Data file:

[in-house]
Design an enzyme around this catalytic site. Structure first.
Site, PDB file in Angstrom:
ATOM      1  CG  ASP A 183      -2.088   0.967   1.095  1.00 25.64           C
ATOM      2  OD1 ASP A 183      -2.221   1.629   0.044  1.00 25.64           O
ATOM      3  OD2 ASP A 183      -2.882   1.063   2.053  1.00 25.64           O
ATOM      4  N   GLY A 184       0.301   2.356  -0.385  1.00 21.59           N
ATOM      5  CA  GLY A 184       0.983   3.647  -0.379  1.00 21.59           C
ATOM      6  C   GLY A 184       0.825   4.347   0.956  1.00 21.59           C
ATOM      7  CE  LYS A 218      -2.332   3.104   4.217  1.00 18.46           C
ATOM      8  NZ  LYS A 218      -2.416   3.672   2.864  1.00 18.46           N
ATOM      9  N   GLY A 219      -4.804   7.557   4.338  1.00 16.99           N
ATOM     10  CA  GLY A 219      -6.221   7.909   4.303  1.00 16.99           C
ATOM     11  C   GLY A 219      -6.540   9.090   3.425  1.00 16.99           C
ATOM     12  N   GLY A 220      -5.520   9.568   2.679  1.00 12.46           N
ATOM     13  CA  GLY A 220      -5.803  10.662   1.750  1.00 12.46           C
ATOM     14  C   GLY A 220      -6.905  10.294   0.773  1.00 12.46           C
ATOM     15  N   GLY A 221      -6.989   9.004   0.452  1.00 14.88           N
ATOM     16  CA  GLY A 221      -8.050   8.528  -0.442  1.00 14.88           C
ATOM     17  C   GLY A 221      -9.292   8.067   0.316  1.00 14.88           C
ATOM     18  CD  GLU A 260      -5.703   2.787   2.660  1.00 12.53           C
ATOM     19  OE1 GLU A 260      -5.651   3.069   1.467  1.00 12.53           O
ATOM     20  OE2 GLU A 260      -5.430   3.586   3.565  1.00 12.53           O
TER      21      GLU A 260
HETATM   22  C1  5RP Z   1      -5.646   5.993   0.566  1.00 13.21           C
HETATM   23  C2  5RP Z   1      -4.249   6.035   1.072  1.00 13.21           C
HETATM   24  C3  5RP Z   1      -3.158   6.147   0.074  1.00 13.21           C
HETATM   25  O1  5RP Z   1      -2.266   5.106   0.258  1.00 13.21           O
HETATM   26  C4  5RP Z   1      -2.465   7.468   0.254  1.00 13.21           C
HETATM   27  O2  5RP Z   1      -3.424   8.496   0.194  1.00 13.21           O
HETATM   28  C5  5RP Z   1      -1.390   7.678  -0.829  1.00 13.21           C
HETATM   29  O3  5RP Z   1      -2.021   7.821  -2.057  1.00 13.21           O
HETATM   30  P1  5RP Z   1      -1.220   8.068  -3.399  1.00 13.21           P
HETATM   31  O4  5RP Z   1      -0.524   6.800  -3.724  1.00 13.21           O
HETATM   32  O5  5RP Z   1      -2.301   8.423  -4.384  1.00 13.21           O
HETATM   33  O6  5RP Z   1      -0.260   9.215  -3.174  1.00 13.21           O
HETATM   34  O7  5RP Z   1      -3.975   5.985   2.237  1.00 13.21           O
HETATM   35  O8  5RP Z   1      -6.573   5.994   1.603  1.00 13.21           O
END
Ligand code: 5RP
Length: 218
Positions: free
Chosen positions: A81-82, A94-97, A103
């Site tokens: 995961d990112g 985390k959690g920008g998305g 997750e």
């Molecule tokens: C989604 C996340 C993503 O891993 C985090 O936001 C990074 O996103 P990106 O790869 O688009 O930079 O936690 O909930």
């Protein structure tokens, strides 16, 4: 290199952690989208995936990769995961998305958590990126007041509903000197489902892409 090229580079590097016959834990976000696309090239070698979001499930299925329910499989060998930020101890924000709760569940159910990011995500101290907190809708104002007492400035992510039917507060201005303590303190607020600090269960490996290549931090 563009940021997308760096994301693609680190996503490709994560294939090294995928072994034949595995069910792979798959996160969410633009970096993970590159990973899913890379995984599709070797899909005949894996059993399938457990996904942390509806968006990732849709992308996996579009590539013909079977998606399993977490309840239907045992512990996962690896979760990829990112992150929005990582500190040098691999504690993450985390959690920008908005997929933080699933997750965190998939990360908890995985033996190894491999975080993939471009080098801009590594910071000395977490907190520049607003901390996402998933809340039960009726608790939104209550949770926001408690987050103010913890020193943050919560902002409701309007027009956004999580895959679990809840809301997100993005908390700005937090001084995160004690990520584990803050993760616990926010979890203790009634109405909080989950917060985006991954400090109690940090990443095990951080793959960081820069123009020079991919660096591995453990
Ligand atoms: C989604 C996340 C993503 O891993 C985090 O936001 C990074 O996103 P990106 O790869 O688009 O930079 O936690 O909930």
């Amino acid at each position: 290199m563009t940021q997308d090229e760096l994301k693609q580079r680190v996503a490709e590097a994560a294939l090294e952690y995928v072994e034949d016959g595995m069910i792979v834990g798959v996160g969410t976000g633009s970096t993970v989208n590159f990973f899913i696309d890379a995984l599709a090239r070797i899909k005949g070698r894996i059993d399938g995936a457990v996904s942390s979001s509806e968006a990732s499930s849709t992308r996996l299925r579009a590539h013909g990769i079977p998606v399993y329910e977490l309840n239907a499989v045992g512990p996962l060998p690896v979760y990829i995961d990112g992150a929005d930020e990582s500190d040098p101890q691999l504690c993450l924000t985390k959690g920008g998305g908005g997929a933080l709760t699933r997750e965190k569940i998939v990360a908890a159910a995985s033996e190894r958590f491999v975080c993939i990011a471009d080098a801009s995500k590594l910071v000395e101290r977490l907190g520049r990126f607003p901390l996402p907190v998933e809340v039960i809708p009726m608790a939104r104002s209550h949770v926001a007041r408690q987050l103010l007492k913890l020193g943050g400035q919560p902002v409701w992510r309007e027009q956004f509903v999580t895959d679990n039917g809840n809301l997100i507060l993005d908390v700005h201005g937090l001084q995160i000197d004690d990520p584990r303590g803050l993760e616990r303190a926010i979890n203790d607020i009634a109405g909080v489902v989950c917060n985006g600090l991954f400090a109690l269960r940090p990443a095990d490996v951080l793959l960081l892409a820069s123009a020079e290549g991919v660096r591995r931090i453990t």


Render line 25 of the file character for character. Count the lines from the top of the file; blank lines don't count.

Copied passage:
HETATM   22  C1  5RP Z   1      -5.646   5.993   0.566  1.00 13.21           C